The Phylum Cnidaria consists of sessile or free swimming animals, characterised by primary radial, often modified as biradial or quadriradial, symmetry; and provided with unique cnidae (stinging capsules). The basic structure is sac-like, with a single terminal opening, functioning both as mouth and anus. The internal space of the sac is called the coelenteron or gastrovascular cavity, which may be subdivided by radial partitions, the mesenteries or septa. The mouth is surrounded by a circle or circles of tentacles. The body wall consists of an ectoderm and an entoderm, separated by a (primarily) ectodermally derived non-cellular mesogloea or partly mesenchyme. The mesogloea forms a membrane in hydroids, a thick fibrous layer in anemones, and a jelly-like filling in medusae. All Cnidaria are characterised by the unique stinging capsules, called cnidae or nematocysts. A nematocyst is basically a capsule (especially but not only located on the tentacles), with an armed or naked thread coiled inside. When stimulated, the thread is fired by eversion.
The Cnidaria display two basic structural types: 1) the sessile polyp, that is more or less cylindrical and has the mouth at the free distal end, with a thin mesogloea; 2) the free swimming medusa, that is saucer- or bell-shaped, with the convex surface upward and with the mouth and surrounding tentacles at the under side. Cnidarian species may be exclusively a medusoid, exclusively a polypoid, or may go through both medusoid and polypoid phases (alternation of asexual polypoid and sexual medusoid generation).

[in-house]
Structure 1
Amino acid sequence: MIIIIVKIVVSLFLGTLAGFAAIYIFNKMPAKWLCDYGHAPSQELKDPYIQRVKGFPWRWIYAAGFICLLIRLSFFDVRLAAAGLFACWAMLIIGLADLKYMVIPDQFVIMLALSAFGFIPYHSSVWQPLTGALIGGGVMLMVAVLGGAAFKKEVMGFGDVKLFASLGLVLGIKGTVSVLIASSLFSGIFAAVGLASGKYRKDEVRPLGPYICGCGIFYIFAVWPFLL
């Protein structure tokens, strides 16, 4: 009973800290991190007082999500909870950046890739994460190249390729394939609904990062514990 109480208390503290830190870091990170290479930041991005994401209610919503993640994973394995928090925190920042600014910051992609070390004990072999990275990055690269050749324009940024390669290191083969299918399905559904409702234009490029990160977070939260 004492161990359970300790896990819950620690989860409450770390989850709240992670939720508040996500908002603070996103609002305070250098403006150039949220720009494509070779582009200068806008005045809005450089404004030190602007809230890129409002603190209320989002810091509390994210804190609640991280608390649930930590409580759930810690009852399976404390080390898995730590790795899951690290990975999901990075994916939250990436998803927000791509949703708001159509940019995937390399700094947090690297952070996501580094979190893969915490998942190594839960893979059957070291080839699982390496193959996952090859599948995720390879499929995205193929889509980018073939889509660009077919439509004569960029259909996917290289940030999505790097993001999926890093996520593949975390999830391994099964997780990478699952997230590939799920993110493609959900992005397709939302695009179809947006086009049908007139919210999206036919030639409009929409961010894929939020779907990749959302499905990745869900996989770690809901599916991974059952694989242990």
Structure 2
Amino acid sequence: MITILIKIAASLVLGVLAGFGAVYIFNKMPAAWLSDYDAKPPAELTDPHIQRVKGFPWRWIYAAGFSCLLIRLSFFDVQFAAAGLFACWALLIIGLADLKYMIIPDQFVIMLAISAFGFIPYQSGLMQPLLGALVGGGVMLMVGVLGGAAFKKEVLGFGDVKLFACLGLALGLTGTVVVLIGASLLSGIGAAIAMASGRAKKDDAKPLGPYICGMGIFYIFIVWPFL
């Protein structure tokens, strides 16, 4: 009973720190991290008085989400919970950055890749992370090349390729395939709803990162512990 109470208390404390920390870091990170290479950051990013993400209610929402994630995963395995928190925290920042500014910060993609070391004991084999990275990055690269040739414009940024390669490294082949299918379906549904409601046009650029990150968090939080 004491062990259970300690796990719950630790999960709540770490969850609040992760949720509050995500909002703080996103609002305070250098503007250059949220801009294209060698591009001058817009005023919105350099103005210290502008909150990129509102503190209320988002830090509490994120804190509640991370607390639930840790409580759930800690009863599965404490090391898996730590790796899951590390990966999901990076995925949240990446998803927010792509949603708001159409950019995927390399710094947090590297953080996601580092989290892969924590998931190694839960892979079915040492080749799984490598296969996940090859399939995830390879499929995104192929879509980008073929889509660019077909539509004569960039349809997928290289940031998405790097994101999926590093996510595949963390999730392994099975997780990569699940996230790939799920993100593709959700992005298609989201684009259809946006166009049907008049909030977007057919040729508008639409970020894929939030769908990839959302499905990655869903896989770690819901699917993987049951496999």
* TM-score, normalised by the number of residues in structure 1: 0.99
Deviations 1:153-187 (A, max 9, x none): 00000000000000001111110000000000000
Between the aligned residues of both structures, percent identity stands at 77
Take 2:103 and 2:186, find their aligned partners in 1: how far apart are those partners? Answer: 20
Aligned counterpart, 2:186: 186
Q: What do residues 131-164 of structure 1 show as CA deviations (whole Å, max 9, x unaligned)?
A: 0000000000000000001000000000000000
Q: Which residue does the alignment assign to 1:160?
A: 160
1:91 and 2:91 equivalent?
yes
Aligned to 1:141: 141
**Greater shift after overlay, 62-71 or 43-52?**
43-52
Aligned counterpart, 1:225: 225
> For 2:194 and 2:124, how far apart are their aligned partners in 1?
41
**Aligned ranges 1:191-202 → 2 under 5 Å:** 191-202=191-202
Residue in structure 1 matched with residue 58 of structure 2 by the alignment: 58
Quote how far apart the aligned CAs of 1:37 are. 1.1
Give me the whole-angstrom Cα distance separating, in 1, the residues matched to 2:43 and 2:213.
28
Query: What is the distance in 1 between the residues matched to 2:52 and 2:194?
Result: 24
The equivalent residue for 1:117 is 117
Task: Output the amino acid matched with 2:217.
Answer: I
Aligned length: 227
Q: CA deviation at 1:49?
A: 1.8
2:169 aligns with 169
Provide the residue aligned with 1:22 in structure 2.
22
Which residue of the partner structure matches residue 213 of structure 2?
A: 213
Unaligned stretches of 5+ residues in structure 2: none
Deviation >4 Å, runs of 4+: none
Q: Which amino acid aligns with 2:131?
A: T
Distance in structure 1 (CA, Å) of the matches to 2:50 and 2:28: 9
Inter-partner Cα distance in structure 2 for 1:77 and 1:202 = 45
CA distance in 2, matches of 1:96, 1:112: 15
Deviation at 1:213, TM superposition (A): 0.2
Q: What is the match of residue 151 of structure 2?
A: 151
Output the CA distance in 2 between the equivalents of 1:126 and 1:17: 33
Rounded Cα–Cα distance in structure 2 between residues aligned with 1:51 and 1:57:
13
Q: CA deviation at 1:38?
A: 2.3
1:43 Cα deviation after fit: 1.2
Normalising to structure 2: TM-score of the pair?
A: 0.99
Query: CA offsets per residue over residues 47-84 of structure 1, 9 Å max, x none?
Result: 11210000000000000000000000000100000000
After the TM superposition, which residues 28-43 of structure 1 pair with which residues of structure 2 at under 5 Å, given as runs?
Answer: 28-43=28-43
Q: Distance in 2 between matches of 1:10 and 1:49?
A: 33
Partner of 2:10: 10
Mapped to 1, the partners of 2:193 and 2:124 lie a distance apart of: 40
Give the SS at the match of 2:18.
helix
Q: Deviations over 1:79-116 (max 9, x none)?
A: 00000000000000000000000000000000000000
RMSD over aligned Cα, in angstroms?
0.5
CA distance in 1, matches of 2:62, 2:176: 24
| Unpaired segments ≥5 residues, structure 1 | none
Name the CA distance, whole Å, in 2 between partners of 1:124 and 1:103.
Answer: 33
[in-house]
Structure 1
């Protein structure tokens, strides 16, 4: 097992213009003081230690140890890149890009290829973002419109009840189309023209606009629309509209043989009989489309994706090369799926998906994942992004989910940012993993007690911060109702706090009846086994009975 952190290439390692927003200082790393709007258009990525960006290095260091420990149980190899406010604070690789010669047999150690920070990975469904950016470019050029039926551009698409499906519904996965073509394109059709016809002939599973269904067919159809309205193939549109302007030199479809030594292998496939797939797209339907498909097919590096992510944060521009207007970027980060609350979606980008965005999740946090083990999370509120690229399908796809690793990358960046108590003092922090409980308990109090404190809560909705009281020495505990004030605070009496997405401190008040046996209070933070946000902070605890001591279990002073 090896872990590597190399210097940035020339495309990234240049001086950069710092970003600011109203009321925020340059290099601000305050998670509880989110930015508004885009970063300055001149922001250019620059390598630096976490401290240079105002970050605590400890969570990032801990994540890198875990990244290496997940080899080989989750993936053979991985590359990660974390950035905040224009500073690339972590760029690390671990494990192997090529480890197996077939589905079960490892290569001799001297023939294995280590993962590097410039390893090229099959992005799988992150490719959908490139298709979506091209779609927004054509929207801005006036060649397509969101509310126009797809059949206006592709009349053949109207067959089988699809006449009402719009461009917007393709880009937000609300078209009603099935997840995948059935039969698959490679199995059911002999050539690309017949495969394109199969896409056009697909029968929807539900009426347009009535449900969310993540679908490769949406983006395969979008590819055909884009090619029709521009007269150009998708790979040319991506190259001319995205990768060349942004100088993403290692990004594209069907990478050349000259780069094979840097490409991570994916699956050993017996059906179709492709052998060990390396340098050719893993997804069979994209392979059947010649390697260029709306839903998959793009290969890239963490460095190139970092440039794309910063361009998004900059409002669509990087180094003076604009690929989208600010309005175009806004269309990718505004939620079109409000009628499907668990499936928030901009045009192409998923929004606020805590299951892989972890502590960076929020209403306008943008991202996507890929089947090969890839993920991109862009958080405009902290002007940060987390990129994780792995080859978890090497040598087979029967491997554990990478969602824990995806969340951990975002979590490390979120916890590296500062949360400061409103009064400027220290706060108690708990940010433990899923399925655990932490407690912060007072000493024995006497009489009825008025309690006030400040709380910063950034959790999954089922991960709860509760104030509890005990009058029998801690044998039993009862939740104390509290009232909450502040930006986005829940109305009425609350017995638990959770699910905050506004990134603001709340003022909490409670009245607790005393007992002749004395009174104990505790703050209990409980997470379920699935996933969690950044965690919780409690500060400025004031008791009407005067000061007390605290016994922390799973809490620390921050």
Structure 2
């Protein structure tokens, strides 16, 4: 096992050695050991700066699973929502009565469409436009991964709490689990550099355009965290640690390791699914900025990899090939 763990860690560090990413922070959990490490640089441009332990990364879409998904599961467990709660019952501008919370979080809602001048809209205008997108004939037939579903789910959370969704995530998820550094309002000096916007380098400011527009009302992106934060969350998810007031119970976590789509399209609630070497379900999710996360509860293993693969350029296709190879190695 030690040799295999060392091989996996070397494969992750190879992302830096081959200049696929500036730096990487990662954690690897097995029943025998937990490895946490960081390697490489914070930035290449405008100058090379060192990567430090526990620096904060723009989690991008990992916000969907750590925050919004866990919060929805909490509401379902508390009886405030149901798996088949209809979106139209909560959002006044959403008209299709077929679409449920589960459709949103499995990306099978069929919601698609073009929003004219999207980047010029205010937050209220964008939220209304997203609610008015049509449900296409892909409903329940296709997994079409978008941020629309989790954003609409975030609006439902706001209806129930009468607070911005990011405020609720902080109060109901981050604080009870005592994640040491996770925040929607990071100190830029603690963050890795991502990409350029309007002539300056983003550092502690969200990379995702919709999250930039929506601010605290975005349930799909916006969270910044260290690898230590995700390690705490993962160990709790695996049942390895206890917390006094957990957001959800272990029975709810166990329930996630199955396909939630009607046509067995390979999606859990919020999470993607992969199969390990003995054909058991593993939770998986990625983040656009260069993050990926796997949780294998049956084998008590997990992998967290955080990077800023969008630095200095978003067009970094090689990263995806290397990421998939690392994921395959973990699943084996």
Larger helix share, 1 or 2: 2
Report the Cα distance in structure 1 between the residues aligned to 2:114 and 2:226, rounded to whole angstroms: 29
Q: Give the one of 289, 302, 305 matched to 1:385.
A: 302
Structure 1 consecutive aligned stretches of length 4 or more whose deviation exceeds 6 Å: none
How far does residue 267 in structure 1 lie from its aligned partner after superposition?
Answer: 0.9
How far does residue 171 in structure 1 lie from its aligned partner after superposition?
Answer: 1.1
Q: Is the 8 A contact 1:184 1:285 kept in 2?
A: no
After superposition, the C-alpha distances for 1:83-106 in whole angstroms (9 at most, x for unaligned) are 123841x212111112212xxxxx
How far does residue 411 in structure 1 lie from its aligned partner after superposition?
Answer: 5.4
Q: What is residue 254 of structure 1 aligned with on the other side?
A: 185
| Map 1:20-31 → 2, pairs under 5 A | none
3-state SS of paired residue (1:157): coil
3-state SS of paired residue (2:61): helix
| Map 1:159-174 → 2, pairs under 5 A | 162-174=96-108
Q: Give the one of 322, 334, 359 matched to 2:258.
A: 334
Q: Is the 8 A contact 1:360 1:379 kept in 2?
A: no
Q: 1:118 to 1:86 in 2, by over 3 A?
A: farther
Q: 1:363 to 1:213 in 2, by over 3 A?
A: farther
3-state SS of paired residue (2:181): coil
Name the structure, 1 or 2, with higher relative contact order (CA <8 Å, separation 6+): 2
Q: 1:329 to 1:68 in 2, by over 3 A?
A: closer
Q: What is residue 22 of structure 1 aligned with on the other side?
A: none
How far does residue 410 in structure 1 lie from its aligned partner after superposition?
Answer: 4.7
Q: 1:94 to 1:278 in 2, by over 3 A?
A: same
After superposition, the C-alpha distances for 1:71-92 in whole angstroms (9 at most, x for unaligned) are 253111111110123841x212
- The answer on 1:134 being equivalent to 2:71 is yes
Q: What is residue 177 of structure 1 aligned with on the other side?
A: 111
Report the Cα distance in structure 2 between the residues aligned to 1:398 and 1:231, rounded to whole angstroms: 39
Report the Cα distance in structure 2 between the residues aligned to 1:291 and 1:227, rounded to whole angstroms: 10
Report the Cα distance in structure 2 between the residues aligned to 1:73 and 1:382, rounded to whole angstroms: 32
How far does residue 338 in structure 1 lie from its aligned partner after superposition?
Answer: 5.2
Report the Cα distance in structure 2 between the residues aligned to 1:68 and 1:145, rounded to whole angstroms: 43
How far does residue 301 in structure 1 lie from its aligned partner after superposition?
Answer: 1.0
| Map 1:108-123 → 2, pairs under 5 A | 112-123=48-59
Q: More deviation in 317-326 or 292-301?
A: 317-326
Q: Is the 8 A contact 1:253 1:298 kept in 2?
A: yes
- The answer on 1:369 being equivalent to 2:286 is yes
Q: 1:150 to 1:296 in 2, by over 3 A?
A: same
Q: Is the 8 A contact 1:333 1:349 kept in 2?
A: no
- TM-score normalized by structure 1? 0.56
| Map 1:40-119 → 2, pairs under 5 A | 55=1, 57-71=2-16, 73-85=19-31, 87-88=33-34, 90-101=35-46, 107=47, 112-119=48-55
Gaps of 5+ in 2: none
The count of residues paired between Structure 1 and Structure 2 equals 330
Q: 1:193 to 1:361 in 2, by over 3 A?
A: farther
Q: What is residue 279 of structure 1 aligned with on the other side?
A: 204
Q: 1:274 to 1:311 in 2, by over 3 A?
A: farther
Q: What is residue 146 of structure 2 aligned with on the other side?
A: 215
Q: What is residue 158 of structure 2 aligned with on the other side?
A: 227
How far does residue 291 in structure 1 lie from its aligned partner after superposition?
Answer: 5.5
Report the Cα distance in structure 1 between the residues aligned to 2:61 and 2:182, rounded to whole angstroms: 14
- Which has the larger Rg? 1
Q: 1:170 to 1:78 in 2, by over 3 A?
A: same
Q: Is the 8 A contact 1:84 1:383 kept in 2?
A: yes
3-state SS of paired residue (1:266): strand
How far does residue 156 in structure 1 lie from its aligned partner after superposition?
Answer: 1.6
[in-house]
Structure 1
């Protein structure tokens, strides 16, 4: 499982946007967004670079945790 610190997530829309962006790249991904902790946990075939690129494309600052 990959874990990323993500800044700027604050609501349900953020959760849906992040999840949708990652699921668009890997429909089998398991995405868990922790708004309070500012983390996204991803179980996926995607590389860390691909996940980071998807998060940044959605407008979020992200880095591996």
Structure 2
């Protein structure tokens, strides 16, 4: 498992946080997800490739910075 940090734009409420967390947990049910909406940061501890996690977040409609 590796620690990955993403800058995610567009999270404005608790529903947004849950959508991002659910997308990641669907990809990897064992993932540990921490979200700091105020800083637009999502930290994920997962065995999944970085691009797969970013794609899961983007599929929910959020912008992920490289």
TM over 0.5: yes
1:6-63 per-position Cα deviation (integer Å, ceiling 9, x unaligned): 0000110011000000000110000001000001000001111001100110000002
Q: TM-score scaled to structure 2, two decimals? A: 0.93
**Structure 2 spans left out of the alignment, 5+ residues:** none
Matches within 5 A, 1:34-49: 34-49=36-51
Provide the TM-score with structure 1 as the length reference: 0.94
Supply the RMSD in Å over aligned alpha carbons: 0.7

The medusae are often the reproductive phase and produce gametes. After fertilisation, the zygote develops in the typically cnidarian planula larvae, which is ciliated, motile and gastrulate. Polyps may propagate by fission or by budding. Budding occurs rarely in medusae also.
The Phylum Cnidaria contains four superclasses: Hydrozoa, Anthozoa, Cubozoa, and Scyphozoa. As far as the North Sea plankton is concerned, only the Hydrozoa (in the pelagic phase) and Scyphozoa are of interest, together consisting of siphonophores (Class Siphonophora), leptolid medusae (Class Leptolida) and large medusae (Class Scyphomedusae). Anthozoa do occur in our area but are exclusively polypoid and sessile; the planktonic Cubozoa occur only in tropical seas. The key to the cnidarian species from the North Sea plankton starts at Page 14: Cnidaria.
[Descriptive part after Hayward and Ryland, 1995; Brusca and Brusca, 1990]